Mayor Royce also helps Carcetti's image as he's portrayed as an old school politician who seems to have too many ties to escape from the current regime.

Some of the scenes of Gillen in his campaign office, ticking off phone numbers from donors, and walking the streets with locals make him out to be a bit of a man of the people.

His election success is a great climax in Season Four. Carcetti's pursuit of Major Cedric Daniels, essentially the leading man in the Barksdale case, is another reason to root for him.

Back Down To Earth

Whatever is likeable about Tommy Carcetti in Season Four - that takes a bit of a slow u-turn in Season Five. He's fully immersed as Mayor in the politics of running a city.

Over time, he learns a lesson that his brash, independent nature isn't going to cut it as Mayor. He has to play the game as much as anyone else.

This is seen in his rejection of support from the Governor when the City of Baltimore is going through a financial crisis. Something he later would regret.

Carcetti tries to please everyone early on into the season by sorting the massive debt of the schools by pulling funding from the police force.

Members of the police department are less than pleased with the move. Many of them end up going weeks without a paycheque.

Given the police force is a huge part of the series, with the likes of Jimmy McNulty and Kima Greggs among them, you begin to build a bit of dislike for that move.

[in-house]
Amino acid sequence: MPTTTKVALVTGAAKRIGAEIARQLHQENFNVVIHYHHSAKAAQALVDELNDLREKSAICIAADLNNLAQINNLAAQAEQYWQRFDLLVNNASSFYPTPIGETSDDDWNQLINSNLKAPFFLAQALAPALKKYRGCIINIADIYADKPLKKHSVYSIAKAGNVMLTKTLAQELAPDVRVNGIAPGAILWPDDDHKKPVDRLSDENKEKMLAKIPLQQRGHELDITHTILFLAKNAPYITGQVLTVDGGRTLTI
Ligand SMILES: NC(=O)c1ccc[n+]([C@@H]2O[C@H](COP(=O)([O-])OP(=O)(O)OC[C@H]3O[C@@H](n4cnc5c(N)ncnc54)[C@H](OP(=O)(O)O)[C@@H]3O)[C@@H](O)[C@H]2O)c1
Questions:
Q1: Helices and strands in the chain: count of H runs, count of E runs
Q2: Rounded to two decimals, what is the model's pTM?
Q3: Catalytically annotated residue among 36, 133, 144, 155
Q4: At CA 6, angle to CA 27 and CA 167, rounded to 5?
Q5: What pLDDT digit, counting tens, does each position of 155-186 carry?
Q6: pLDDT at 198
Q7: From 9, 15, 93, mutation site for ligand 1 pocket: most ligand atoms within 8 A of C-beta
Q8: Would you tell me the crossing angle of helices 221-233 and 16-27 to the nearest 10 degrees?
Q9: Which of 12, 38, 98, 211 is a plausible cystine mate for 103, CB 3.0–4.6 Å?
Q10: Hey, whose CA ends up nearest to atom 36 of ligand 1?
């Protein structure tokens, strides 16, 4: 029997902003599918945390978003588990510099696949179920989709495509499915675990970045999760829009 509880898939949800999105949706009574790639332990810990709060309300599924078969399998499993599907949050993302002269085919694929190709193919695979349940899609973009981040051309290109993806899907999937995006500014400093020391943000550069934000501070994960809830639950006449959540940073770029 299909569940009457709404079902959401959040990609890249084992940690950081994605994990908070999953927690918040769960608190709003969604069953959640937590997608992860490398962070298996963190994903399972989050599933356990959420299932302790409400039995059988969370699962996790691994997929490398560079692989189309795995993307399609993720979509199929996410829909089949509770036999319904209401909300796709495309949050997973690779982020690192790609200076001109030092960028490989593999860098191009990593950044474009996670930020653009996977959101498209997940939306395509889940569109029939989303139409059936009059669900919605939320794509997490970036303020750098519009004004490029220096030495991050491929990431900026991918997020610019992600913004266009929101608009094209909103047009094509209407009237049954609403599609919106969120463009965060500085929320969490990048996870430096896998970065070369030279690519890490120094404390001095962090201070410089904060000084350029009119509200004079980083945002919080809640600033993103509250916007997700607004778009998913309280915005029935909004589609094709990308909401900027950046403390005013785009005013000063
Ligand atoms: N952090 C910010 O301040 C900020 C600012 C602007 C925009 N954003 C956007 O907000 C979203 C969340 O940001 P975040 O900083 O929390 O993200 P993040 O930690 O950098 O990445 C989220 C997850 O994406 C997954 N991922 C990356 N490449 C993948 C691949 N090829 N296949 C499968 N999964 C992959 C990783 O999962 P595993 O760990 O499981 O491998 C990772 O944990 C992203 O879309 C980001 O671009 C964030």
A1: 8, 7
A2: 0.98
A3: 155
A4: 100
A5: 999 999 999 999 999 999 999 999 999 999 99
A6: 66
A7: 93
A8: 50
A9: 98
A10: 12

Then there's the decision to pull all resources out of Lester Freamon's pursuit of the mass murders in the vacant homes. As a viewer, you want to see them chase Marlo for that.

Carcetti seems to fold at whatever the public wants. When a fake 'homeless killer' emerges, he's seen giving press conferences and assuring all will be done to find the culprit.

While it's not a likeable side to Aidan Gillen's character - it does show the versatility he brought to the table in jumping from uniqueness to becoming one of the rest of them.

Then there's the whole handling of the promotion of Major Cedric Daniels. A character who seemed to come from the very bottom at the start of the series to the top at the end.

It seemed like he deserved a more fair and just route to becoming Deputy Commissioner. With all the politics involved with Burrell and Rawls, it was a bittersweet moment seeing his appointment.


Aidan Gillen portraying Tommy Carcetti might not be regarded as the standout performance of The Wire in years to come. It might not even crack the top ten.

The storyline of his rise to being elected Mayor is an underrated piece of the series that, looking back on it, deserved its place among the fold.

We're accustomed to seeing Gillen play the role of a really rogue character - such are his performances in the likes of Game Of Thrones and Love Hate.

What's great about his performance in The Wire is he's not that aligned with that norm. He's made out to be likeable and clean cut, if not a bit overbearing at times.

The accent is another aspect of the Tommy Carcetti role that should be appreciated. It's very rare you waiver from thinking he's anything other than American.

The Wire will always have a high spot in television lists. It's great to learn that an Irishman helped the series become what it is.

See Also: The Story Of Meat Loaf's Tour In Ireland During The Troubles Is Remarkable